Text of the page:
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Stockpiling replacement parts

 
gardener
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I don't know how many times now I've ran into this issue. Tons! I will be in need of a certain part to repair my 20, 30, 40....year old (stove, freezer, sink, television, washing machine, whatever) and I search everywhere for the part, only to be told many times, "They don't make that anymore"; "That company went out of business 20+ years ago"; "We now carry brand XYZ and those parts aren't compatible".

Knowing that this is my normal pattern, to buy something and use it until it literally falls apart, I think it may be money well spent to consider a new purchase's components with the thought of "what parts will I likely be replacing/repairing in the next 30 years". Then, I can stockpile several things to have on hand when they no longer exist.

The problems I see with my idea are:
  • stockpiles take up space until used
  • the ___ may never need replacing, therefore I spent money unnecessarily
  • assumed the ___ part would outlast the other parts and so I didn't stockpile one of those. Now I've got lots of other parts that I didn't ever need to replace before it was rendered obsolete
  • makes for a much bigger initial investment


  • I seem to have constant, on-going online searches in hopes that someone somewhere in the world may someday list the exact part(s) I've been trying to find. It drives me nuts! I don't want to buy a new product. I just want to find a part that would only cost a couple of dollars to fix the one I have.

    Does anyone else have the problem of finding older parts like I do? Do you stockpile parts for repair?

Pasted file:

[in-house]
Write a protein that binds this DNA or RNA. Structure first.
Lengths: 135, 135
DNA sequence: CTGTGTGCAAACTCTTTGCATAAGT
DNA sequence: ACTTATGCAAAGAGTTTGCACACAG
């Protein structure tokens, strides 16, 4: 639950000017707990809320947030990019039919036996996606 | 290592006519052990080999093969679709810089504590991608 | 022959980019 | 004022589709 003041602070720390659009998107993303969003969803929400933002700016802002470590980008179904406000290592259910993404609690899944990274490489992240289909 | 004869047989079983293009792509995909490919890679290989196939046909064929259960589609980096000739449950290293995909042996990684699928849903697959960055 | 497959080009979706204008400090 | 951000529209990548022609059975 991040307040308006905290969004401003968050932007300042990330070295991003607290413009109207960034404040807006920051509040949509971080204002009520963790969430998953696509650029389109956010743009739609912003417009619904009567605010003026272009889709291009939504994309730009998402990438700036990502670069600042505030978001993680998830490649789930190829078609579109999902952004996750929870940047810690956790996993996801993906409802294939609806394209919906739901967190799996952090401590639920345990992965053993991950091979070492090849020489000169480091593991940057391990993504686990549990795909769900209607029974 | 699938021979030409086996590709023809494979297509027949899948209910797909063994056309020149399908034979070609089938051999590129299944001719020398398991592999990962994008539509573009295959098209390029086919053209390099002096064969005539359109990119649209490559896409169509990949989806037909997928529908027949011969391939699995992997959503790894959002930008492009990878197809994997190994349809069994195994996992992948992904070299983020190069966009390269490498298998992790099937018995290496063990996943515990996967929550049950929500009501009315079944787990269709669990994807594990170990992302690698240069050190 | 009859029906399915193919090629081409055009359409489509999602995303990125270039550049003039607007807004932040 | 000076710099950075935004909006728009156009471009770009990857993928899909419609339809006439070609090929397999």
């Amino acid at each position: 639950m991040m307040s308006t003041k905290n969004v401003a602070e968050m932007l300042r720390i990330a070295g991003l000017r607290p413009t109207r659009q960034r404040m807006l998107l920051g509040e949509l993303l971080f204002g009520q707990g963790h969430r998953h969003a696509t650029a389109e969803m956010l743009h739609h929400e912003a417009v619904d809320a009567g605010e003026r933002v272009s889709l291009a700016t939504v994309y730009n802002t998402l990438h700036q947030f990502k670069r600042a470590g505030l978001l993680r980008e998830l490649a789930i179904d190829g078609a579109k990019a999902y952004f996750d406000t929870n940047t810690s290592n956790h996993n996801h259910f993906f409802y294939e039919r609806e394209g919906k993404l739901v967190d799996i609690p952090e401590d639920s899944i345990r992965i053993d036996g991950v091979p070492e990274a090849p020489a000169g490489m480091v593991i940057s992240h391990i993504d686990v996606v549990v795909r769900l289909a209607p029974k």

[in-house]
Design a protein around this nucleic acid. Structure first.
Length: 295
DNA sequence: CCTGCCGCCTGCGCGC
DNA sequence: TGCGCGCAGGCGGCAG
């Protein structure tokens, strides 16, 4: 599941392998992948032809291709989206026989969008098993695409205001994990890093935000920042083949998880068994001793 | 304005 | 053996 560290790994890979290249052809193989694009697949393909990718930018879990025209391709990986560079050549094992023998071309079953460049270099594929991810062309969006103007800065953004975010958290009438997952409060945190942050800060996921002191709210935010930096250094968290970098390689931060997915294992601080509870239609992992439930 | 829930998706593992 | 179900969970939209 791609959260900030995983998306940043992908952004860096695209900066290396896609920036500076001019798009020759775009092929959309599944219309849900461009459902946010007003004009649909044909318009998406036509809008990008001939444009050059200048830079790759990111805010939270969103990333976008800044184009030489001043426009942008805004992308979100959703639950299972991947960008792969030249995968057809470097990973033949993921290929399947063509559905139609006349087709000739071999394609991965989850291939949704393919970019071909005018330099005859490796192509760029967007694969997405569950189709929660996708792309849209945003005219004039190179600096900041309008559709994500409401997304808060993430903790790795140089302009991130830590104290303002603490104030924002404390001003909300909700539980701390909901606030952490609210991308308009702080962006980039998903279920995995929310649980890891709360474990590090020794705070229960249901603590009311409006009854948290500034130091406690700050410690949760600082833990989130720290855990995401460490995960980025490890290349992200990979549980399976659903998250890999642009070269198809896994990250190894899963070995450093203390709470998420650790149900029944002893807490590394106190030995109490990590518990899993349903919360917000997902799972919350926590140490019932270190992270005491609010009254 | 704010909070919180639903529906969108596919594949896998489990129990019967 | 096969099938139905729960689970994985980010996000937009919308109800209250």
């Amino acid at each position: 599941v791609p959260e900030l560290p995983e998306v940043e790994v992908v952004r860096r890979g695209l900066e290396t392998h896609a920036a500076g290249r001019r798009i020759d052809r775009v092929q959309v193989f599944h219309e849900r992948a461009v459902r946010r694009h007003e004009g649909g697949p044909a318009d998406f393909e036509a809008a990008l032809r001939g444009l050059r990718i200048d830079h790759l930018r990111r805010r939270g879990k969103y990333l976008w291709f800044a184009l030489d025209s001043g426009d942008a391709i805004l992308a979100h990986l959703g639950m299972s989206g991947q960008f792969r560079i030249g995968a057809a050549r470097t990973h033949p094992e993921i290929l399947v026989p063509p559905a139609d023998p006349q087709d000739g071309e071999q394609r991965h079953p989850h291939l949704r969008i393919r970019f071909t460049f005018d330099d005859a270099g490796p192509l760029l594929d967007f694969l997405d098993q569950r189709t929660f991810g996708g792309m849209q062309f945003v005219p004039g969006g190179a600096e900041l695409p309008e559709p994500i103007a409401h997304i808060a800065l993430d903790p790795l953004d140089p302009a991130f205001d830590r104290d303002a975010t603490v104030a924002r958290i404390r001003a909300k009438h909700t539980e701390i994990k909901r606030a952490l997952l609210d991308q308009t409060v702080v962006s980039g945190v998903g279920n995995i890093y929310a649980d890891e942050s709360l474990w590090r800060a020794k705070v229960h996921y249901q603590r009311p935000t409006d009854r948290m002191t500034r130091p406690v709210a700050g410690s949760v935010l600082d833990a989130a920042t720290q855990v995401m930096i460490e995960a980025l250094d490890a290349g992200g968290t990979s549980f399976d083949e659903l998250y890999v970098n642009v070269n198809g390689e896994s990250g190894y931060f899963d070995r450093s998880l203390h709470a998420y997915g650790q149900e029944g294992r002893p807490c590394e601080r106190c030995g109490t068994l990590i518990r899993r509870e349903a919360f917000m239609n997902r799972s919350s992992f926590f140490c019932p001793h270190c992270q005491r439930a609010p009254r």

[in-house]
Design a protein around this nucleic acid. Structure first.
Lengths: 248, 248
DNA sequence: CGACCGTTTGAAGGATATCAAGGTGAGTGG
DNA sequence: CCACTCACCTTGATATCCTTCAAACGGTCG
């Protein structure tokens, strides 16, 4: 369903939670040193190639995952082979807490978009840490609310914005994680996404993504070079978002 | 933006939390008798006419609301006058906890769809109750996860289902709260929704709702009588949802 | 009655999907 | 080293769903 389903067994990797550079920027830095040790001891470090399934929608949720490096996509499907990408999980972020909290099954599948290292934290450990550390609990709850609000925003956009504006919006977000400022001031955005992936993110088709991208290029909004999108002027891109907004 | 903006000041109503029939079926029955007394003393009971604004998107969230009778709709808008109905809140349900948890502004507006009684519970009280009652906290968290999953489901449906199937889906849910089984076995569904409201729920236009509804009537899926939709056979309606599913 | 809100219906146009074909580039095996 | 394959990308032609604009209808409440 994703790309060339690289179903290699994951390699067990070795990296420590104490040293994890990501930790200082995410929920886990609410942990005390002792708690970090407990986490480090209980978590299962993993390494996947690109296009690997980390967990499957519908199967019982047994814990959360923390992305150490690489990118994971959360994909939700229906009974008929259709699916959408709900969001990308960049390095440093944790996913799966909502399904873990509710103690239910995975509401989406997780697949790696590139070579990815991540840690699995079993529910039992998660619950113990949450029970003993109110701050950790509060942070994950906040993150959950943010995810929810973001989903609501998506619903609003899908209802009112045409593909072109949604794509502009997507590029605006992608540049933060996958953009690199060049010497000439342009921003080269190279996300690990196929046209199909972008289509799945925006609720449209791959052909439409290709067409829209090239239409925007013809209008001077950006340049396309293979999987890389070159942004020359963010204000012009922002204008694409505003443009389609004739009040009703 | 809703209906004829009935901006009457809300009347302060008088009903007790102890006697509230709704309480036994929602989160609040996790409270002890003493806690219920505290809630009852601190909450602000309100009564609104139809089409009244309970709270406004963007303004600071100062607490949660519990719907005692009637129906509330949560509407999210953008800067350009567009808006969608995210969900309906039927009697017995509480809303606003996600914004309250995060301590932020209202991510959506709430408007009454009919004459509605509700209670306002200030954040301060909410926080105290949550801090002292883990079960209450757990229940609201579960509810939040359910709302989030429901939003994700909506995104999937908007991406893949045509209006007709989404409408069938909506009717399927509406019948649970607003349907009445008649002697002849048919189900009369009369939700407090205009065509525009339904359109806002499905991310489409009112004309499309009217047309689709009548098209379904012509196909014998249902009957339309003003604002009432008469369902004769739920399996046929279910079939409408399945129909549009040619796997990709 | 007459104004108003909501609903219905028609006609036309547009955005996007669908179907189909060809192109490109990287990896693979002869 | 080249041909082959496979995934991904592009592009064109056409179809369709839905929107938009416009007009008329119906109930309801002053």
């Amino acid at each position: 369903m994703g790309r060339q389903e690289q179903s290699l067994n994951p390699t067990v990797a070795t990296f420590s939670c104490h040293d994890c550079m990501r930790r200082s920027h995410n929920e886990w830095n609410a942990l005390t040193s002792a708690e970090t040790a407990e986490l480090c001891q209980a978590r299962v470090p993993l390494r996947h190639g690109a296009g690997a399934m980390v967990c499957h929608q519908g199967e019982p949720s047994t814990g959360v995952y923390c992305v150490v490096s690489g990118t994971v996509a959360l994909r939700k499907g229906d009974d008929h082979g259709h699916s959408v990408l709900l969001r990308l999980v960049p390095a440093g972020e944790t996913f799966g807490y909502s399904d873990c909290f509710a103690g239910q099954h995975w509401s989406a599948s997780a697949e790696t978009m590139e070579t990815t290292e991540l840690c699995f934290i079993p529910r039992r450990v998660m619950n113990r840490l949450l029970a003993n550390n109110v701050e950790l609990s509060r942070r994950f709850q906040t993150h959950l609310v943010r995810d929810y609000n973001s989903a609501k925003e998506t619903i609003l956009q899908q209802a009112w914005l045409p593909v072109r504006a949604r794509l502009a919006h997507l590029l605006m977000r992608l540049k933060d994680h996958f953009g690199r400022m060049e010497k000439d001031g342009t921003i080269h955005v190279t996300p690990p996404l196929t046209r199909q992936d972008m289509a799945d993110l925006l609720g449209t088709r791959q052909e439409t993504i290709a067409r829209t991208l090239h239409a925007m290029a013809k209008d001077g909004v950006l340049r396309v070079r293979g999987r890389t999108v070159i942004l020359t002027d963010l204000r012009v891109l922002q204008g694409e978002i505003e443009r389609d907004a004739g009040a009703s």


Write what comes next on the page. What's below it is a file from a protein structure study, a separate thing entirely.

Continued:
pollinator
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    I'm working at becoming more open-source/modular/simplistic to help minimize this problem - I've had plans for making my own washing machine for awhile now.

    Also, some appliances are pretty pointless to begin with: driers and toasters I was able to stop using without much trouble.

    I'd say the level of knowledge to fix a lot of tech appliances(computers, TVs, etc) is too high for most people in general, though the good news at least is that the newer products get cheaper and cheaper every year. Probably in the next year or two I'll sell off my desktop computer and move to Single Board Computers, so that should help on one front anyways.

    ---

    When it is necessary though, I'll buy a single set of specific extra parts if I know a common problem occurs with the device. This is not only because of the availability factor though, but a lot of the time I'm buying via e-commerce sites, and to ship 2-3 parts is usually the same cost to ship 1 part. (or even better, buying enough to qualify for free shipping)
     
    Posts: 825
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    Talking of Desk top computers they are the ultimate in reusable and rebuildable.
    I find lap tops are not worth it by comparison, particley when you can upgrade just about any desktop with bits from the warehouse, sure it helps to know what you are doing, but plenty of nerds have been keen to guide me over the years.
     
    master steward & author
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    I've got four sewing machines from the 1910s and 20s as spare part machines in case my main one ever breaks.  The old sewing machines are so easy to repair but parts are few and far between.  

    Whenever I go to a garage sale, I try to buy the 'treasure chest' as I call them.  It's the hardware bin of unknown and unwanted tools and parts.  Found some amazingly useful things in those.  
     
    Jarret Hynd
    pollinator
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    John C Daley wrote:Talking of Desk top computers they are the ultimate in reusable and rebuildable.
    I find lap tops are not worth it by comparison, particley when you can upgrade just about any desktop with bits from the warehouse, sure it helps to know what you are doing, but plenty of nerds have been keen to guide me over the years.